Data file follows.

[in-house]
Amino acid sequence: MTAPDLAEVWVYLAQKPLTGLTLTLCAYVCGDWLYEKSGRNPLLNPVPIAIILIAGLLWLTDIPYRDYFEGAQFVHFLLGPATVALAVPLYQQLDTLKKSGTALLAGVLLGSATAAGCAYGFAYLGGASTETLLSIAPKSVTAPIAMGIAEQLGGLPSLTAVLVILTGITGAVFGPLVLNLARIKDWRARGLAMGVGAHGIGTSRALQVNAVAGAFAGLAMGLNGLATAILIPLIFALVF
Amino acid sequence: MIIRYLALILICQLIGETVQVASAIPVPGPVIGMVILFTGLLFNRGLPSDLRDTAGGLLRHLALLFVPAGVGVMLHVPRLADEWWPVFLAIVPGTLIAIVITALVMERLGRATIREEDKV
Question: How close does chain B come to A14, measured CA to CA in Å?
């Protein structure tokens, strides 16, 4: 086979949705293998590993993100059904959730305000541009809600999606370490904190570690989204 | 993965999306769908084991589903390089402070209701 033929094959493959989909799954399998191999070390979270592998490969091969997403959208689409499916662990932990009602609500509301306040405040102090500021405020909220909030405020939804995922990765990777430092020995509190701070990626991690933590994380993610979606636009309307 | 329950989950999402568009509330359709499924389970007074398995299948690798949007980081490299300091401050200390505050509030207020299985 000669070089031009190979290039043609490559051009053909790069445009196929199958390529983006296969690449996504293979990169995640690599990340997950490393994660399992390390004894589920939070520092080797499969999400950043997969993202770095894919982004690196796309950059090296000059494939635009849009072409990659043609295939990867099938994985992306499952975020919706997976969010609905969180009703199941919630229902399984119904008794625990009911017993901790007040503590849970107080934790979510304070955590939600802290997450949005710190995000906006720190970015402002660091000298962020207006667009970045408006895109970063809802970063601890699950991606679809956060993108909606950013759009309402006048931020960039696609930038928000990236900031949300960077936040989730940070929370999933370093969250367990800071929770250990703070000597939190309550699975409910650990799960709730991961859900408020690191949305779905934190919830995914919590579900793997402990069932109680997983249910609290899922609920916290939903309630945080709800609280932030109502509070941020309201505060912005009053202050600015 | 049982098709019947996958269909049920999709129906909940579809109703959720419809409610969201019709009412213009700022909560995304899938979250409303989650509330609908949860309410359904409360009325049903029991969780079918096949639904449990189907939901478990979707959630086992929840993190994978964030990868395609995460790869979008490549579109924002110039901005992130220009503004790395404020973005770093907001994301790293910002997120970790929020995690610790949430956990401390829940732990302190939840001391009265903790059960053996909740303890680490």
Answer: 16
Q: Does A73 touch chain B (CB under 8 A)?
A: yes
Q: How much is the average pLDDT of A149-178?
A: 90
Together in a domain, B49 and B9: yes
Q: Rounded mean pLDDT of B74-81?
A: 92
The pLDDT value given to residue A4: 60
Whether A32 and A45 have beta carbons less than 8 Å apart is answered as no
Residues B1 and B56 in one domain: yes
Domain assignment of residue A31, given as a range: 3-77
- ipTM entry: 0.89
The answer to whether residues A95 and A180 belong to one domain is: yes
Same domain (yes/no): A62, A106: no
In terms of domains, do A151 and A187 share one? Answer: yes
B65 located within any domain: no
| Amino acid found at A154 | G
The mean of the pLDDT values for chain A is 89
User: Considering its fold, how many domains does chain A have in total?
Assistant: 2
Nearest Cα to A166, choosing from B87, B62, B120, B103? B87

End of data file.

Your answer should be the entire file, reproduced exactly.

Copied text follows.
[in-house]
Amino acid sequence: MTAPDLAEVWVYLAQKPLTGLTLTLCAYVCGDWLYEKSGRNPLLNPVPIAIILIAGLLWLTDIPYRDYFEGAQFVHFLLGPATVALAVPLYQQLDTLKKSGTALLAGVLLGSATAAGCAYGFAYLGGASTETLLSIAPKSVTAPIAMGIAEQLGGLPSLTAVLVILTGITGAVFGPLVLNLARIKDWRARGLAMGVGAHGIGTSRALQVNAVAGAFAGLAMGLNGLATAILIPLIFALVF
Amino acid sequence: MIIRYLALILICQLIGETVQVASAIPVPGPVIGMVILFTGLLFNRGLPSDLRDTAGGLLRHLALLFVPAGVGVMLHVPRLADEWWPVFLAIVPGTLIAIVITALVMERLGRATIREEDKV
Question: How close does chain B come to A14, measured CA to CA in Å?
């Protein structure tokens, strides 16, 4: 086979949705293998590993993100059904959730305000541009809600999606370490904190570690989204 | 993965999306769908084991589903390089402070209701 033929094959493959989909799954399998191999070390979270592998490969091969997403959208689409499916662990932990009602609500509301306040405040102090500021405020909220909030405020939804995922990765990777430092020995509190701070990626991690933590994380993610979606636009309307 | 329950989950999402568009509330359709499924389970007074398995299948690798949007980081490299300091401050200390505050509030207020299985 000669070089031009190979290039043609490559051009053909790069445009196929199958390529983006296969690449996504293979990169995640690599990340997950490393994660399992390390004894589920939070520092080797499969999400950043997969993202770095894919982004690196796309950059090296000059494939635009849009072409990659043609295939990867099938994985992306499952975020919706997976969010609905969180009703199941919630229902399984119904008794625990009911017993901790007040503590849970107080934790979510304070955590939600802290997450949005710190995000906006720190970015402002660091000298962020207006667009970045408006895109970063809802970063601890699950991606679809956060993108909606950013759009309402006048931020960039696609930038928000990236900031949300960077936040989730940070929370999933370093969250367990800071929770250990703070000597939190309550699975409910650990799960709730991961859900408020690191949305779905934190919830995914919590579900793997402990069932109680997983249910609290899922609920916290939903309630945080709800609280932030109502509070941020309201505060912005009053202050600015 | 049982098709019947996958269909049920999709129906909940579809109703959720419809409610969201019709009412213009700022909560995304899938979250409303989650509330609908949860309410359904409360009325049903029991969780079918096949639904449990189907939901478990979707959630086992929840993190994978964030990868395609995460790869979008490549579109924002110039901005992130220009503004790395404020973005770093907001994301790293910002997120970790929020995690610790949430956990401390829940732990302190939840001391009265903790059960053996909740303890680490």
Answer: 16
Q: Does A73 touch chain B (CB under 8 A)?
A: yes
Q: How much is the average pLDDT of A149-178?
A: 90
Together in a domain, B49 and B9: yes
Q: Rounded mean pLDDT of B74-81?
A: 92
The pLDDT value given to residue A4: 60
Whether A32 and A45 have beta carbons less than 8 Å apart is answered as no
Residues B1 and B56 in one domain: yes
Domain assignment of residue A31, given as a range: 3-77
- ipTM entry: 0.89
The answer to whether residues A95 and A180 belong to one domain is: yes
Same domain (yes/no): A62, A106: no
In terms of domains, do A151 and A187 share one? Answer: yes
B65 located within any domain: no
| Amino acid found at A154 | G
The mean of the pLDDT values for chain A is 89
User: Considering its fold, how many domains does chain A have in total?
Assistant: 2
Nearest Cα to A166, choosing from B87, B62, B120, B103? B87